Kentucky’s last three budgets have swept millions of dollars from the state’s primary source for funding the protection and management of natural lands, leaving less money for the preservation of historical sites, pristine habitats and rare and endangered species.
After the legislature swept $2.5 million in the 2019 budget year, it got to the point where the legislature was taking more than the Kentucky Heritage Land Conservation Fund [KHLCF] was bringing in on an annual basis. And the sweeps took place at a time when revenues were already in decline.
Gov. Andy Beshear says he intends to reverse the trend.
Following years of sweeps under both Republican and Democratic administrations, Beshear’s proposed budget restores the full funding for the Kentucky Heritage Land Conservation Fund.
“What this land conservation fund does is to ensure that we preserve that natural beauty that both makes Kentucky the special place that it is, but also is that huge economic driver for tourism,” Beshear said.
Over the last 15 years, the Kentucky Heritage Land Conservation Fund has helped to conserve and protect more than 92,000 acres in 67 counties across the state.
The funding has helped to preserve Abraham Lincoln’s boyhood home, conduct research on invasive species like the Emerald ash borer, and protect federally threatened (and oddly named) plants including the “globe bladderpod.”
The fund also protects sites from development with deed restrictions and conservation easements — like the one protecting Bernheim’s 494-acre Cedar Grove Wildlife Corridor. Louisville Gas and Electric wants to run a 3/4 mile long natural gas pipeline through the easement. Now LG&E is suing KHLCF in a case that could set precedent for for other conservation easements.
Over the last half-decade, the fund has been hit not just by reallocation of its budgets. It’s also been slammed by declines in the revenues that fund its work.
“The fund has been hit, I think, by a bit of a double whammy,” said Pam Thomas, senior fellow at the Kentucky Center for Economic policy. “So just the resources coming in have diminished significantly.”
Funding for the land conservation fund comes primarily from the sale of Kentucky Nature License Plates, a portion of the unmined mineral tax on coal, environmental fines and interest.
License plates sales are about half of what they used to be, while funding from the unmined mineral tax is just a fraction of what it once was, according to the KHLCF annual report.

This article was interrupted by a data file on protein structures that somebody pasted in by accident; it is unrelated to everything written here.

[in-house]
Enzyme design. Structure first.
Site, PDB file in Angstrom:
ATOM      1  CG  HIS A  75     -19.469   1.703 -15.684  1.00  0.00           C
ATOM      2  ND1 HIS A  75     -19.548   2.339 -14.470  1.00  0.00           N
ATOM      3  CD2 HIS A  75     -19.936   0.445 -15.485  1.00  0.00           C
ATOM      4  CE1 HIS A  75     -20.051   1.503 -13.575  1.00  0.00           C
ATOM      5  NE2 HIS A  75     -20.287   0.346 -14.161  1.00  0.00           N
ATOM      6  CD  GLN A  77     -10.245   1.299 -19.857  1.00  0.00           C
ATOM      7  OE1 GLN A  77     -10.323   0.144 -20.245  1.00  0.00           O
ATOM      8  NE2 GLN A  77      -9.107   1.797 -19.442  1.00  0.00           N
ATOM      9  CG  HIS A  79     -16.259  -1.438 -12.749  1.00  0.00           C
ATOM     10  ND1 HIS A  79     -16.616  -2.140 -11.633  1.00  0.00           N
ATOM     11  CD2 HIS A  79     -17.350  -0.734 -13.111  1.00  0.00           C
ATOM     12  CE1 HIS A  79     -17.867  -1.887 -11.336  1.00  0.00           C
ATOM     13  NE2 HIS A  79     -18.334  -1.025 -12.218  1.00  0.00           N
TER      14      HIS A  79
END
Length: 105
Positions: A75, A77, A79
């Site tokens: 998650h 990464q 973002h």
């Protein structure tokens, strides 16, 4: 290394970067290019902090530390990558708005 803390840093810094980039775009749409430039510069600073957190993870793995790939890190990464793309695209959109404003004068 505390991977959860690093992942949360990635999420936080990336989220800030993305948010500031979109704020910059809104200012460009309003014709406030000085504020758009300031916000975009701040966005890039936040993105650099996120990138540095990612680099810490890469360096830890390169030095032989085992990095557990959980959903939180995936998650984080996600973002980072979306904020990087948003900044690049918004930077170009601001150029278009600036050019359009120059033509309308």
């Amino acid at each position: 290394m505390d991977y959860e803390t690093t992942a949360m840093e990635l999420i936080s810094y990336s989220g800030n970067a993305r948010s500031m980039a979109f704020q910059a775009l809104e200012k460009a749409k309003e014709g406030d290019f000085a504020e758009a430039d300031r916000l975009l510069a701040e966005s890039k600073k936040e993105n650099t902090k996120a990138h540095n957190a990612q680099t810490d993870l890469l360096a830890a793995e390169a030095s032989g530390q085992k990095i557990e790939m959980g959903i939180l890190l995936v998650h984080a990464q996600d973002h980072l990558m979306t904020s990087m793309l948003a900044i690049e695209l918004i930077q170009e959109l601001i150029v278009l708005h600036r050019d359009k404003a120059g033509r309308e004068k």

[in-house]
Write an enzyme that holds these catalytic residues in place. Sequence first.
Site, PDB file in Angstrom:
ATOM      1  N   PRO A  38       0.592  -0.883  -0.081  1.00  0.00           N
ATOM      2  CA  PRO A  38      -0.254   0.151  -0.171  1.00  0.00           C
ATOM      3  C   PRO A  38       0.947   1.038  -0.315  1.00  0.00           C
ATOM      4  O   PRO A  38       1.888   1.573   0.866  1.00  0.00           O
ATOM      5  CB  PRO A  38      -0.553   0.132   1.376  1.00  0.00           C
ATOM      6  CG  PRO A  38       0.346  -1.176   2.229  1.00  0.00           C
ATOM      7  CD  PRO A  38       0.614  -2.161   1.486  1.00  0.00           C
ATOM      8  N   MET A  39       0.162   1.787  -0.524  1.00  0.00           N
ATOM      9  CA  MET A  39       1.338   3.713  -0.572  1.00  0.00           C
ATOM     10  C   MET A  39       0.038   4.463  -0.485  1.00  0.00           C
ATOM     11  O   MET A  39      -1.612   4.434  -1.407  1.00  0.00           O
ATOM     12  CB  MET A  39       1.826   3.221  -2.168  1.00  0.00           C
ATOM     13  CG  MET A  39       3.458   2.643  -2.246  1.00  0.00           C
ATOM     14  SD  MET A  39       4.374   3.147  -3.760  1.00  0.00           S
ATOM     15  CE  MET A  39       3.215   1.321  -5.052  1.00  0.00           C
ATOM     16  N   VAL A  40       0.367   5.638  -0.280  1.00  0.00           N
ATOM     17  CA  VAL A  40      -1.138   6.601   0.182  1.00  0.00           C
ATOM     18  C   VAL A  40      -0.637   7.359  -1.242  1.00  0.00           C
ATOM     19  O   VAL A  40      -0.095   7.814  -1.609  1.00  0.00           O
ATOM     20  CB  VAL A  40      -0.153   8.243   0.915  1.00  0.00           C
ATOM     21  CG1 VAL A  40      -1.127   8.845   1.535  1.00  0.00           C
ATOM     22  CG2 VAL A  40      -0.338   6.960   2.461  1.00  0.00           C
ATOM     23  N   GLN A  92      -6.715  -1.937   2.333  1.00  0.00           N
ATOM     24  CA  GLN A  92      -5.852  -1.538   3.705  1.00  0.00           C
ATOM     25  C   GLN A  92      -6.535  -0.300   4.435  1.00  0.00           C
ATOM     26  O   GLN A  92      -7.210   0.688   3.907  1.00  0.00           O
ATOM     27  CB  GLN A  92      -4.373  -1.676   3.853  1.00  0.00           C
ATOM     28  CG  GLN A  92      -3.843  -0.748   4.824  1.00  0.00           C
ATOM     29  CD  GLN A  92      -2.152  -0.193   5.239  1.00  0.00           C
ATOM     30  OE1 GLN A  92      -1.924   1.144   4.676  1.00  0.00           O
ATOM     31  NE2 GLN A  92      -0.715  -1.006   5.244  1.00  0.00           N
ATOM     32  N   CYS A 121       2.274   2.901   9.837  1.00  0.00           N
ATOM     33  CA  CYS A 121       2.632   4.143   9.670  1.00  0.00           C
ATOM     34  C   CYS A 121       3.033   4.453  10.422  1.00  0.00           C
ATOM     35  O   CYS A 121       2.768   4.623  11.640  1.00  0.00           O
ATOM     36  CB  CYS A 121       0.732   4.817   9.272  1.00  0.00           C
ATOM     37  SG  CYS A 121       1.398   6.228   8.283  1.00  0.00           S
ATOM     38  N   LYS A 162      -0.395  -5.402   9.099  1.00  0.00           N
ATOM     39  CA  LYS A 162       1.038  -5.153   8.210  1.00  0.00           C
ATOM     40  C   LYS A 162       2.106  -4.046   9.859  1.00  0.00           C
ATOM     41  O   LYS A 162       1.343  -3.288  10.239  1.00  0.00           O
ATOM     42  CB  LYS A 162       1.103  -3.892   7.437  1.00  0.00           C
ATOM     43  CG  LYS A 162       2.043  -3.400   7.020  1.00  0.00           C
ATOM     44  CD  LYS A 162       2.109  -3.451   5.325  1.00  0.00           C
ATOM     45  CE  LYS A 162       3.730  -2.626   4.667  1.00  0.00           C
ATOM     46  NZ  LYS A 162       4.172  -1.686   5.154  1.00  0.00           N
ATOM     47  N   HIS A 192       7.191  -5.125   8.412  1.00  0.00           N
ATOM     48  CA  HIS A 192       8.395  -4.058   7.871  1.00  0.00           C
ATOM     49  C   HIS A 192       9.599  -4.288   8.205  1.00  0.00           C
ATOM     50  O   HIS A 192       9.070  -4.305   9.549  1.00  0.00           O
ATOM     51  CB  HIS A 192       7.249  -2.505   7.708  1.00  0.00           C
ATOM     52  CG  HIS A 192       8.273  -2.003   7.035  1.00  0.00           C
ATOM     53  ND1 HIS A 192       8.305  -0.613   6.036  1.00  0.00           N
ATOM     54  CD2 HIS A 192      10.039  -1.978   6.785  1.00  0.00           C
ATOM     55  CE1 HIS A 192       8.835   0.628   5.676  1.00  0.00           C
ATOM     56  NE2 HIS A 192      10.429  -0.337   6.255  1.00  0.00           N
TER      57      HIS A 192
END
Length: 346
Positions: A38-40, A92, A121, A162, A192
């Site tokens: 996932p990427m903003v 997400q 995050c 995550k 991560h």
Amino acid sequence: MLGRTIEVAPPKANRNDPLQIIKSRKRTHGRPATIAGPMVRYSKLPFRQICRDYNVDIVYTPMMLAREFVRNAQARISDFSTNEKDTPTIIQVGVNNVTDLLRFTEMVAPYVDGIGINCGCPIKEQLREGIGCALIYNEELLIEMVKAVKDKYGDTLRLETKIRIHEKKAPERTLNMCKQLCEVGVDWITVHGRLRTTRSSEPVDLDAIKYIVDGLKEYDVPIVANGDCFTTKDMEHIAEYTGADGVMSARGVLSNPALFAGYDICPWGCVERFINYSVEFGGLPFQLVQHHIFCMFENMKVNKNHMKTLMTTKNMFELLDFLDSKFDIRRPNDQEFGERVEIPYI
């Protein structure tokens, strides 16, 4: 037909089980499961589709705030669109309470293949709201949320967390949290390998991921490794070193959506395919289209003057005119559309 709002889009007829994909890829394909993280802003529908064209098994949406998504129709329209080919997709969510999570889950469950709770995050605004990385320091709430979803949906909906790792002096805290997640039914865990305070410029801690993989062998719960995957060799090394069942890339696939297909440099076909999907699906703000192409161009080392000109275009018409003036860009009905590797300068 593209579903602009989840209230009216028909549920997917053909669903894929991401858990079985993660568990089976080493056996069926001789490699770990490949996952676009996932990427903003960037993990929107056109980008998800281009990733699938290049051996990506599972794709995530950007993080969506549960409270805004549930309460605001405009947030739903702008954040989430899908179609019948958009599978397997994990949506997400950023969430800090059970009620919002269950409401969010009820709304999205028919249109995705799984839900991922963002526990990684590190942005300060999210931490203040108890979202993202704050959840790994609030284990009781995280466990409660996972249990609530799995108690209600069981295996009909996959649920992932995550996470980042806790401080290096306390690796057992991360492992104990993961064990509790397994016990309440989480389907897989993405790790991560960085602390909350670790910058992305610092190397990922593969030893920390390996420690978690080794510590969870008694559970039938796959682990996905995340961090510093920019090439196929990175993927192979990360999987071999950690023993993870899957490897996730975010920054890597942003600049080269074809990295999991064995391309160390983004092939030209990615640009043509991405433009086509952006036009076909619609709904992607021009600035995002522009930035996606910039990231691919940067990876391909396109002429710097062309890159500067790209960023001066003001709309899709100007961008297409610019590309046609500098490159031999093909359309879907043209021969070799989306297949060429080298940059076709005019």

The sweeps began with the 2014 budget under then-Gov. Steve Beshear. The legislature has reallocated anywhere from $2.5 to $5 million every year since, Thomas said. Most of the sweeps came from environmental fines and unmined mineral taxes. License plate funding has remained intact.
“What the legislature does when they sweep is they look at these funds that aren’t part of the general fund,” Thomas said. “And they take money out of them and put money into the General Fund, which reduces the capacity of those funds.”
Overall, the funds have decreased from a 10-year-high of $5.2 million in 2012 to about $1.9 million in 2019, Thomas said.
Future of the Fund
In the 2019 budget year, total annual revenues for the KHLCF plummeted more than $600,000 into the red.
The fund still managed to protect about 1,500 acres in the 2019 budget. But Board Chairman Zeb Weese said it’s diminished the fund’s ability to purchase new lands.
The board has approved support for 10 new projects, but it’s all contingent on future available funding. Those projects include nearly $1.6 million for nearly 1,400 acres in Clark, Hancock, Henry, Hart, Wayne and Powell counties.
“We’ve been not doing as much as we would like, but we’re getting to the point if there are continued sweeps, we really probably would not be able to do anything at all going forward,” Weese said.
Beshear said his proposed budget is balanced, but also relies on less than half of the fund transfers as the last budget or the one before it.
“I believe that data driven approach showed us that this fund needed the dollars coming to achieve its mission over the next biennial,” he said.
Environmental advocates say protecting the fund that preserves the state’s natural beauty should be common sense, but that’s not the only reason to protect it.
The Department of Fish and Wildlife Resources, The Division of Forestry, state parks and the Wild River program are among other entities that receive support from the Kentucky Heritage Land Conservation Fund, said Kentucky Conservation Committee Executive Director Lane Boldman.
“I think it’s for both parties to recognize that there are places that really deserve protection so that generations to come can benefit from them,” Boldman said.
Now it’s up to the legislature to decide whether or not to preserve the funding while at the same time passing a constitutionally-mandated balanced budget at a time tax revenues haven’t kept up with government expenses.
This post has been updated.